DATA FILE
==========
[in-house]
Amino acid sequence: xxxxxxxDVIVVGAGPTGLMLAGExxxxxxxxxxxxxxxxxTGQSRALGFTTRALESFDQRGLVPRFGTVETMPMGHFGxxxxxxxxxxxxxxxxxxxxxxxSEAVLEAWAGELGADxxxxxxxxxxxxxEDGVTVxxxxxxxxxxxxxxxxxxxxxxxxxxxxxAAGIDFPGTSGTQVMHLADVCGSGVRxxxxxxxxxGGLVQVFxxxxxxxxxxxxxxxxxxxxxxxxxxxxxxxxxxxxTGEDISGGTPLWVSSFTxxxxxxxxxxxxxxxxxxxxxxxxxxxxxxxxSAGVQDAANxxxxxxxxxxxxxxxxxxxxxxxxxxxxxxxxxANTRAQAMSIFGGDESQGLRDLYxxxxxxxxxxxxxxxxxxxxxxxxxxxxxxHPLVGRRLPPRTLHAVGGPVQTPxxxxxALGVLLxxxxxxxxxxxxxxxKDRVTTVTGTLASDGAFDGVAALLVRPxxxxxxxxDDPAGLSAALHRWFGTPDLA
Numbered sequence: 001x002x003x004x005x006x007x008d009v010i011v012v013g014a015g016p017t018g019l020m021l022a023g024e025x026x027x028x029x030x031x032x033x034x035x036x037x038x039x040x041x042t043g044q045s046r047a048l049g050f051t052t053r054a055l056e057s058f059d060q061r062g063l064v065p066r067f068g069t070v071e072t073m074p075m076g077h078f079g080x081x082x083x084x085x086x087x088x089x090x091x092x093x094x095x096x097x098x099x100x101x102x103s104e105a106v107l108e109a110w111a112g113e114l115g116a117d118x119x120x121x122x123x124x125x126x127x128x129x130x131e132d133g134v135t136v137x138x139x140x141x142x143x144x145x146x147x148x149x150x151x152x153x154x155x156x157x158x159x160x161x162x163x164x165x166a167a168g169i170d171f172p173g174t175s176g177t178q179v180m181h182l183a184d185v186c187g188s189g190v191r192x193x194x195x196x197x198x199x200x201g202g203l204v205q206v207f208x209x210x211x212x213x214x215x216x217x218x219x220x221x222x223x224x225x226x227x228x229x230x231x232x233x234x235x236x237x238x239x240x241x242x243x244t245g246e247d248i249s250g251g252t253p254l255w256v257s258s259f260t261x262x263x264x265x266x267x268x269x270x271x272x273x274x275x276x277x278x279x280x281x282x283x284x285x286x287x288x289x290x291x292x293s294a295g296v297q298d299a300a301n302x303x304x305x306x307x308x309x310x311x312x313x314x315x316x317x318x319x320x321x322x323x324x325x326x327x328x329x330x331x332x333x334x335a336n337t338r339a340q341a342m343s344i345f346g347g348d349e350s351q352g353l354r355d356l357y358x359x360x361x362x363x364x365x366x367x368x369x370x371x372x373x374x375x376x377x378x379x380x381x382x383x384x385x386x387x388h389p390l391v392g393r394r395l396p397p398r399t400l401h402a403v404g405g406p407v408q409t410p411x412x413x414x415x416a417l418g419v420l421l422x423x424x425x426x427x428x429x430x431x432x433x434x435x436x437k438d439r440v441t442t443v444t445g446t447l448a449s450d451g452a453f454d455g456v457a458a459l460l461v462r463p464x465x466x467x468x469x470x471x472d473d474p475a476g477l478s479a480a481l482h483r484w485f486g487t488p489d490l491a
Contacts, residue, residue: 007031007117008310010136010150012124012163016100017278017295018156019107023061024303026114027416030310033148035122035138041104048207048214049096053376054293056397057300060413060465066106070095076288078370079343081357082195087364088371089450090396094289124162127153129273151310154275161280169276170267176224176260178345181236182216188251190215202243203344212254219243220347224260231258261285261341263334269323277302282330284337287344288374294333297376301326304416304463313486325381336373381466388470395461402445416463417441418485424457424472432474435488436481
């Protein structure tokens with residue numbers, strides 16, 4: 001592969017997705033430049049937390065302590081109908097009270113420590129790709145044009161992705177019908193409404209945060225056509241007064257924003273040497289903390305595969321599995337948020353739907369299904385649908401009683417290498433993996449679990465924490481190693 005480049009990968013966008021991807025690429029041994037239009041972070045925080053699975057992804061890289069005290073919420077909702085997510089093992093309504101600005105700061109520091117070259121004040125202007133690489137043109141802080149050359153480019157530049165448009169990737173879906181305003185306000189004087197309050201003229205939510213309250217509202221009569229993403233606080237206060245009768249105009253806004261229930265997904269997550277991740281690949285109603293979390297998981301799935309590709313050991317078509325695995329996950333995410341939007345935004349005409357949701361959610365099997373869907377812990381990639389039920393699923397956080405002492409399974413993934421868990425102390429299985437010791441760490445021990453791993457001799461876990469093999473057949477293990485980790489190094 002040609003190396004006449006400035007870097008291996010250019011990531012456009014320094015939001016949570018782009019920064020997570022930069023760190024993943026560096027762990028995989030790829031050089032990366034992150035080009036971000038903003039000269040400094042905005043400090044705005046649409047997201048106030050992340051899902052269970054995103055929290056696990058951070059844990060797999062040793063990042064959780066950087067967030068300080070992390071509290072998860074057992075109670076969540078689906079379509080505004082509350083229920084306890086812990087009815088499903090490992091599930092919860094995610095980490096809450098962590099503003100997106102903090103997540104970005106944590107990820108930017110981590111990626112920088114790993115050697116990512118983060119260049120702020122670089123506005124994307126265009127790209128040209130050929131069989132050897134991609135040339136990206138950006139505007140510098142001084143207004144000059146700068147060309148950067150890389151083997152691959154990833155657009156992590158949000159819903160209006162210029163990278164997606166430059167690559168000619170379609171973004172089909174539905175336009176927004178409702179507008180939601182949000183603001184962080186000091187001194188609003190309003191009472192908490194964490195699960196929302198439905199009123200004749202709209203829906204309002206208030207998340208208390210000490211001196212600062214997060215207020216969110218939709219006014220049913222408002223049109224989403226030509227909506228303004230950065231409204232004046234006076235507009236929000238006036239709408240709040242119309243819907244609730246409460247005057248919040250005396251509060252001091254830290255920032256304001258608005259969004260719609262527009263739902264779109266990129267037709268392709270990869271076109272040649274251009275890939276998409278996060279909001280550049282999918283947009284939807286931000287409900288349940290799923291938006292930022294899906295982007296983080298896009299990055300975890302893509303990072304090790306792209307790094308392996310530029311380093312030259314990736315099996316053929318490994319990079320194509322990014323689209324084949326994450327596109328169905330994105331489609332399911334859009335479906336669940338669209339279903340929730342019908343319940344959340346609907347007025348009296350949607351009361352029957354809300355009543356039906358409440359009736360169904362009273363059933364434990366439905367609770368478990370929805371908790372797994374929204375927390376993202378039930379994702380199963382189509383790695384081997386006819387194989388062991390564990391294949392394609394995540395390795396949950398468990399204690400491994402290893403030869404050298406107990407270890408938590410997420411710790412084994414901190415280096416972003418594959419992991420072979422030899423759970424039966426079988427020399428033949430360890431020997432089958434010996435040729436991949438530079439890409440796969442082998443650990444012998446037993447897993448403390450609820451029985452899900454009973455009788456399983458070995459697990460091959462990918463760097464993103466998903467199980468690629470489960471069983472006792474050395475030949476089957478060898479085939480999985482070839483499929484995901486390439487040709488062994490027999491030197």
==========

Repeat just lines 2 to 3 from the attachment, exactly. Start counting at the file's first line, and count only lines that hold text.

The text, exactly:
Amino acid sequence: xxxxxxxDVIVVGAGPTGLMLAGExxxxxxxxxxxxxxxxxTGQSRALGFTTRALESFDQRGLVPRFGTVETMPMGHFGxxxxxxxxxxxxxxxxxxxxxxxSEAVLEAWAGELGADxxxxxxxxxxxxxEDGVTVxxxxxxxxxxxxxxxxxxxxxxxxxxxxxAAGIDFPGTSGTQVMHLADVCGSGVRxxxxxxxxxGGLVQVFxxxxxxxxxxxxxxxxxxxxxxxxxxxxxxxxxxxxTGEDISGGTPLWVSSFTxxxxxxxxxxxxxxxxxxxxxxxxxxxxxxxxSAGVQDAANxxxxxxxxxxxxxxxxxxxxxxxxxxxxxxxxxANTRAQAMSIFGGDESQGLRDLYxxxxxxxxxxxxxxxxxxxxxxxxxxxxxxHPLVGRRLPPRTLHAVGGPVQTPxxxxxALGVLLxxxxxxxxxxxxxxxKDRVTTVTGTLASDGAFDGVAALLVRPxxxxxxxxDDPAGLSAALHRWFGTPDLA
Numbered sequence: 001x002x003x004x005x006x007x008d009v010i011v012v013g014a015g016p017t018g019l020m021l022a023g024e025x026x027x028x029x030x031x032x033x034x035x036x037x038x039x040x041x042t043g044q045s046r047a048l049g050f051t052t053r054a055l056e057s058f059d060q061r062g063l064v065p066r067f068g069t070v071e072t073m074p075m076g077h078f079g080x081x082x083x084x085x086x087x088x089x090x091x092x093x094x095x096x097x098x099x100x101x102x103s104e105a106v107l108e109a110w111a112g113e114l115g116a117d118x119x120x121x122x123x124x125x126x127x128x129x130x131e132d133g134v135t136v137x138x139x140x141x142x143x144x145x146x147x148x149x150x151x152x153x154x155x156x157x158x159x160x161x162x163x164x165x166a167a168g169i170d171f172p173g174t175s176g177t178q179v180m181h182l183a184d185v186c187g188s189g190v191r192x193x194x195x196x197x198x199x200x201g202g203l204v205q206v207f208x209x210x211x212x213x214x215x216x217x218x219x220x221x222x223x224x225x226x227x228x229x230x231x232x233x234x235x236x237x238x239x240x241x242x243x244t245g246e247d248i249s250g251g252t253p254l255w256v257s258s259f260t261x262x263x264x265x266x267x268x269x270x271x272x273x274x275x276x277x278x279x280x281x282x283x284x285x286x287x288x289x290x291x292x293s294a295g296v297q298d299a300a301n302x303x304x305x306x307x308x309x310x311x312x313x314x315x316x317x318x319x320x321x322x323x324x325x326x327x328x329x330x331x332x333x334x335a336n337t338r339a340q341a342m343s344i345f346g347g348d349e350s351q352g353l354r355d356l357y358x359x360x361x362x363x364x365x366x367x368x369x370x371x372x373x374x375x376x377x378x379x380x381x382x383x384x385x386x387x388h389p390l391v392g393r394r395l396p397p398r399t400l401h402a403v404g405g406p407v408q409t410p411x412x413x414x415x416a417l418g419v420l421l422x423x424x425x426x427x428x429x430x431x432x433x434x435x436x437k438d439r440v441t442t443v444t445g446t447l448a449s450d451g452a453f454d455g456v457a458a459l460l461v462r463p464x465x466x467x468x469x470x471x472d473d474p475a476g477l478s479a480a481l482h483r484w485f486g487t488p489d490l491a